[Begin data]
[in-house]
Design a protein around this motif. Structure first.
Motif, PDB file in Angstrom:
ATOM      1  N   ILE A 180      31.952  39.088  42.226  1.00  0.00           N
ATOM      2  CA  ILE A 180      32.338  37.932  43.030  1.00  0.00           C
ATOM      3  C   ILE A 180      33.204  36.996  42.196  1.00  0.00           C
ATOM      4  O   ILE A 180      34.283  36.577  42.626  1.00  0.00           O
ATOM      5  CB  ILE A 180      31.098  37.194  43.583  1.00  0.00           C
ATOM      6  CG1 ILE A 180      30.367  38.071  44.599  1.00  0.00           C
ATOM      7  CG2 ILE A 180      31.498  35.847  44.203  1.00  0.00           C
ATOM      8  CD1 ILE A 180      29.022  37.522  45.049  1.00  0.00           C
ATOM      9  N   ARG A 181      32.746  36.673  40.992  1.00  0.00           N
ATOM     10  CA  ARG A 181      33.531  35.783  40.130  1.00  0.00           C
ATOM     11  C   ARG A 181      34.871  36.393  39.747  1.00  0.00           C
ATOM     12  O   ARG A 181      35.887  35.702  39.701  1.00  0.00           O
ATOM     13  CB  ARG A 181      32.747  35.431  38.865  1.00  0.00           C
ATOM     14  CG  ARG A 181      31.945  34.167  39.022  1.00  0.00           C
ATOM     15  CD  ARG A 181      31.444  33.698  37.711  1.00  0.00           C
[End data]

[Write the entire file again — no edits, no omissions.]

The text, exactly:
[in-house]
Design a protein around this motif. Structure first.
Motif, PDB file in Angstrom:
ATOM      1  N   ILE A 180      31.952  39.088  42.226  1.00  0.00           N
ATOM      2  CA  ILE A 180      32.338  37.932  43.030  1.00  0.00           C
ATOM      3  C   ILE A 180      33.204  36.996  42.196  1.00  0.00           C
ATOM      4  O   ILE A 180      34.283  36.577  42.626  1.00  0.00           O
ATOM      5  CB  ILE A 180      31.098  37.194  43.583  1.00  0.00           C
ATOM      6  CG1 ILE A 180      30.367  38.071  44.599  1.00  0.00           C
ATOM      7  CG2 ILE A 180      31.498  35.847  44.203  1.00  0.00           C
ATOM      8  CD1 ILE A 180      29.022  37.522  45.049  1.00  0.00           C
ATOM      9  N   ARG A 181      32.746  36.673  40.992  1.00  0.00           N
ATOM     10  CA  ARG A 181      33.531  35.783  40.130  1.00  0.00           C
ATOM     11  C   ARG A 181      34.871  36.393  39.747  1.00  0.00           C
ATOM     12  O   ARG A 181      35.887  35.702  39.701  1.00  0.00           O
ATOM     13  CB  ARG A 181      32.747  35.431  38.865  1.00  0.00           C
ATOM     14  CG  ARG A 181      31.945  34.167  39.022  1.00  0.00           C
ATOM     15  CD  ARG A 181      31.444  33.698  37.711  1.00  0.00           C